If you’re thinking of fitting a winch to your 4x4 for touring, work or play, there are lots of brands and models in the market to consider. One of the most often asked question when customers are looking to purchase a winch is what power rating do I need for my vehicle? The options vary across the brands with 9,000lb, 9,500lb, 12,000lb, 13,000lb, 17,000lb, 25,000lb to name a few.
What is often not understood by customers and sales people is that these advertised winch ratings are based on the 1st layer of rope or cable on the winch drum. This is important to understand! What this means is the rating of the winch is reduced as you increase layer on the drum.
For example, a 9,500lb winch will typically hold 4 layers of rope or cable on the drum. Whilst the winch can pull 9,500lb on the 1st layer, this rating drops to about ~5,500lb by the fourth layer.
Winch manufactures will typically instruct you to keep a minimum 5 wraps on the drum at all times so the rope or cable doesn’t slip on the drum. Considering the 1st layer on the drum totals about 5m capacity and some of this capacity isn’t actually available for use due to the 5 wrap rule, there’s a very small window of operation where your winch will achieve its 9,500lb rating. So as long as you’re winching to a recovery point which is exactly the distance away such that you’re on the 1st layer of the winch drum but not on the first 5 wraps, you’re ok! Good Luck!
Maybe 5,500lb of power is adequate and you have nothing to worry about? I disagree. From experience I can assure buyers this is not the case. Stalling a 9,500lb winch is easy to do, especially if you’re loaded up in a decent 4WD and you bring other factors into play such as mud, hills, rocks, tree roots etc. Add a camper trailer or towing a boat to the mix and you can quickly reach the capacity of your winch. Also consider you might be using your winch to recover a friend or person you've met stuck on a track who's vehicle could be heavier then yours.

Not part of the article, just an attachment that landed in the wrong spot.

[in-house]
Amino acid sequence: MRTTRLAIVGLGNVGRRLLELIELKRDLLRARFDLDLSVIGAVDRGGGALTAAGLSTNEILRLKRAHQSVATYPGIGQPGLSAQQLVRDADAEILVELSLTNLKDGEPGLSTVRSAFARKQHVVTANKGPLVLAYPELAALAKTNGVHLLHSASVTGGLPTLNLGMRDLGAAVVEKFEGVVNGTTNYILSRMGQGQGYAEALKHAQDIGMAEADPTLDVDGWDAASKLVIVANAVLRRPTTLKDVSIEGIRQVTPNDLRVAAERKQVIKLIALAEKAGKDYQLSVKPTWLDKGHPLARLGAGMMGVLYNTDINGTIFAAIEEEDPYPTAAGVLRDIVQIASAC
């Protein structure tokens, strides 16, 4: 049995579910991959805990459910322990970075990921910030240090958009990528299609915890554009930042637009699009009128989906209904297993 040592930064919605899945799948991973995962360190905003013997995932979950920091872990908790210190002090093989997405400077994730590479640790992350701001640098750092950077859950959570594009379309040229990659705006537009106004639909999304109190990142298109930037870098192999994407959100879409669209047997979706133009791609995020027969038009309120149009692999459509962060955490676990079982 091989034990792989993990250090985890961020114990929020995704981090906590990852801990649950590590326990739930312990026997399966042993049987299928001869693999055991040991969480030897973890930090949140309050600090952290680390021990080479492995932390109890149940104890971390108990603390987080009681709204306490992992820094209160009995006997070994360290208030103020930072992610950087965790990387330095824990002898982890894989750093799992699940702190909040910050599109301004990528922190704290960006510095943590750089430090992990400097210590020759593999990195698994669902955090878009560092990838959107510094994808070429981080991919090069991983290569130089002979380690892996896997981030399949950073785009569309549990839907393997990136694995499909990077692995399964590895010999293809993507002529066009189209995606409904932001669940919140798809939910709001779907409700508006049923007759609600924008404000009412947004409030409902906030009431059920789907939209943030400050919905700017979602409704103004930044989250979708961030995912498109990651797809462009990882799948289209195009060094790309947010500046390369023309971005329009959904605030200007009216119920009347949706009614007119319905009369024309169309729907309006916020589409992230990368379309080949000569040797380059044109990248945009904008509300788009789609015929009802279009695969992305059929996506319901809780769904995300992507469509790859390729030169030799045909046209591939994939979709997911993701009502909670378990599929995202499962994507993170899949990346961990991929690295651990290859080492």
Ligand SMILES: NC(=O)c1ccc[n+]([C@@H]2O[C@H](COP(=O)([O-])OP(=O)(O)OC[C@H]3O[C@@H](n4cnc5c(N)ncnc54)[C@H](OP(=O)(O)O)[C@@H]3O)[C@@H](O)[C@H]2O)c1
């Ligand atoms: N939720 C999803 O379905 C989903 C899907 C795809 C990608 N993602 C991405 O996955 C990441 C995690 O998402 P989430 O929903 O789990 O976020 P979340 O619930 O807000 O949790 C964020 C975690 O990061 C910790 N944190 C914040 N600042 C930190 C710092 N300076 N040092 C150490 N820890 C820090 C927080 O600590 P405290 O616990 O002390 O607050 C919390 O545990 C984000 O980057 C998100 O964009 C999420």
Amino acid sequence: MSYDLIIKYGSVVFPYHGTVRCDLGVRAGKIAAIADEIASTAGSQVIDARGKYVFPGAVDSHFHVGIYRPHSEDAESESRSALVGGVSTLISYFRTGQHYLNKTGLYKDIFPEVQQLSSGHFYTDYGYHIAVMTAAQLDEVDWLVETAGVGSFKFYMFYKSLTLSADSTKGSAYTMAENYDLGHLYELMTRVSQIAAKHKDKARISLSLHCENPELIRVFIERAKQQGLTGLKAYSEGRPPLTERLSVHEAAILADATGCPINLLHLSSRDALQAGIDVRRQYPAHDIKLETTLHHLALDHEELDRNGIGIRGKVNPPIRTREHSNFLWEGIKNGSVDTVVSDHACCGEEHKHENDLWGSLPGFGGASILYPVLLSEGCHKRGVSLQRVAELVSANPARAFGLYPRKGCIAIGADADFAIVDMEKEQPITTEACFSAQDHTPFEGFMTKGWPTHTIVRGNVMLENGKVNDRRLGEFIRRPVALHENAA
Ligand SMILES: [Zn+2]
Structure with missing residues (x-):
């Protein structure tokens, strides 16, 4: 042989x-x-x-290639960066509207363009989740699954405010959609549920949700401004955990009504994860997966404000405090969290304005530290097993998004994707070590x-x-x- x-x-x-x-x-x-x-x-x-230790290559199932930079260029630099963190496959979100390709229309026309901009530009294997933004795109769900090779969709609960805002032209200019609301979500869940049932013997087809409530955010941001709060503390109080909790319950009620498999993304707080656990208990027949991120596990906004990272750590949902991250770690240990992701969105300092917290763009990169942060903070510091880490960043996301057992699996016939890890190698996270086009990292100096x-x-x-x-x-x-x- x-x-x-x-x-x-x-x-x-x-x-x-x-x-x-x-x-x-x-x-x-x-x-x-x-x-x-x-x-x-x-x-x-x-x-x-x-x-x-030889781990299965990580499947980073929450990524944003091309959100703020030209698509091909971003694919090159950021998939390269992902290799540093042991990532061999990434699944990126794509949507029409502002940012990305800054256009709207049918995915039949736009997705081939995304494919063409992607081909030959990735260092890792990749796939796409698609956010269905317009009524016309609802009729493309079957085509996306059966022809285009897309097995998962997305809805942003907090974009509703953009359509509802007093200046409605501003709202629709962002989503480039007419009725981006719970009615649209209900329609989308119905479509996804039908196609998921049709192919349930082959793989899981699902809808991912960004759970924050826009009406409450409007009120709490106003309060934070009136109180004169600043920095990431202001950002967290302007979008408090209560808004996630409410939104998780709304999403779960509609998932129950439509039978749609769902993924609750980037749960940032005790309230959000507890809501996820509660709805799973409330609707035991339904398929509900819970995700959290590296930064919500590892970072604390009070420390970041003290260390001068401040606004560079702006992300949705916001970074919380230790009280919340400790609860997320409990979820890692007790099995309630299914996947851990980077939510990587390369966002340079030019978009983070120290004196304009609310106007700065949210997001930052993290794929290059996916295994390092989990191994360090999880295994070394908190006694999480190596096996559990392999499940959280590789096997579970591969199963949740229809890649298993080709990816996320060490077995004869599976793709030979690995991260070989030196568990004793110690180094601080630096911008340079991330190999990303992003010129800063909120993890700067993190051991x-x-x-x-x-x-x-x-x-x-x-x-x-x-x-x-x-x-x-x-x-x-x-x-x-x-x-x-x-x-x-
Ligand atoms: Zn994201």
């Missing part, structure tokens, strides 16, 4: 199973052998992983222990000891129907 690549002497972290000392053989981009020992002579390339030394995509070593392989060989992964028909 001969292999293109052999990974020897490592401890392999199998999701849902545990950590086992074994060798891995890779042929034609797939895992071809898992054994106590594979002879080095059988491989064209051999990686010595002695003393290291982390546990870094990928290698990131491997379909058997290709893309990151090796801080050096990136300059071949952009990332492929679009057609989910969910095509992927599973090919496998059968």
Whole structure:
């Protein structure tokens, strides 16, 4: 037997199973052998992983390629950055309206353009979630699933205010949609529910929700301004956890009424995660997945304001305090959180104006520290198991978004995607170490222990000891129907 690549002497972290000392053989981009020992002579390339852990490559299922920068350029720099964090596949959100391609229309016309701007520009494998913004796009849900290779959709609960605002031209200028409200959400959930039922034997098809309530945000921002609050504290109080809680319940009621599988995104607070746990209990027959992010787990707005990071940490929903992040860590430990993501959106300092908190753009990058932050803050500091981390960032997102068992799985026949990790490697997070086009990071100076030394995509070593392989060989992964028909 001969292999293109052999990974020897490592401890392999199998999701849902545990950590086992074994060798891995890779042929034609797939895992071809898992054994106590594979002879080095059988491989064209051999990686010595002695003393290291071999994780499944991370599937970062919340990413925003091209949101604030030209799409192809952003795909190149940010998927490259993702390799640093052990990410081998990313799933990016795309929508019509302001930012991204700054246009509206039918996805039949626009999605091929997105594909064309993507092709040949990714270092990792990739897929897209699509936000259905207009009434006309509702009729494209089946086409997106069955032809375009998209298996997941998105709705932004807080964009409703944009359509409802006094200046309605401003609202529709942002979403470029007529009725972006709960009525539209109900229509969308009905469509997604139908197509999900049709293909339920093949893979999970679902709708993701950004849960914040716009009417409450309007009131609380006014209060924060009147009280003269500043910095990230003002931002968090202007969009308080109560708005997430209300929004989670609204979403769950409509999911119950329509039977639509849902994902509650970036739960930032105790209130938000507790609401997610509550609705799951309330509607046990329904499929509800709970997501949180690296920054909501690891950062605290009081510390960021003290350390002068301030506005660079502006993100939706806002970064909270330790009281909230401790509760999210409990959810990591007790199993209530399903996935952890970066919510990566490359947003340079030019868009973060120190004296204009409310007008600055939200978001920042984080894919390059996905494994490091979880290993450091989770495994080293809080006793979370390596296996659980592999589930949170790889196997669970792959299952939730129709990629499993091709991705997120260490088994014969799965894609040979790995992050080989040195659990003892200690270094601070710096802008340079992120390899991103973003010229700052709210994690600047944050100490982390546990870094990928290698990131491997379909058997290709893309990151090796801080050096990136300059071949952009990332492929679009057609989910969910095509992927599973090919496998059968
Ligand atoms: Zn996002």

This is why it’s worth considering a higher powered winch such as the Sherpa 17,000lb Steed. For around $1K (Steel cable version $1,099 inc GST, Synthetic rope $1,299 inc GST), you’re getting a winch that comfortably achieves 17,000lb on the 1st layer and this rating drops with wraps to a 4th layer rating which is still over 9,000lb. This additional capacity does come at slight reduction in recovery speed however this is minor and not even noticeable for the frequency I'm recovering my truck. Personally, I don’t consider winching a race and I prefer to know my winch has the power when I need it.
Up my sleeve I also have a winch recovery pulley block and by rigging my winch with this I double the pulling capacity of my winch which further reduces the load on the winch motor and means I can winch for longer with more control. The Sherpa blocks are great as they feature a deep pulley making them perfect for use with both steel cable and synthetic ropes.
So in answer to the question, what winch should I consider for my Ford Range, Nissan Navara, Toyota Lancruiser, Hilux, Amarok or even Mitsubishi Pajero, I will always recommend the Sherpa 17,000lb model. This winch fits all leading winch bars on the market without any modifications needed.
In my opinion there are simply no negatives to increasing your winch rating. Just because your winch has the 17,000lb rating, it doesn’t mean you have to use it and if you really do get yourself stuck, your friends 9,000lb winch could be stalling just as your 17,000lb Steed is starting to go to work. Yes it might be possible to bend your bar with this much power but hey, if it means getting my truck out and home safe, I’ll use good winching practices and common sense any day to mitigate this risk and have the confidence my gear is going to get me home.
Written by Ryan from Sherpa Winches Australia.
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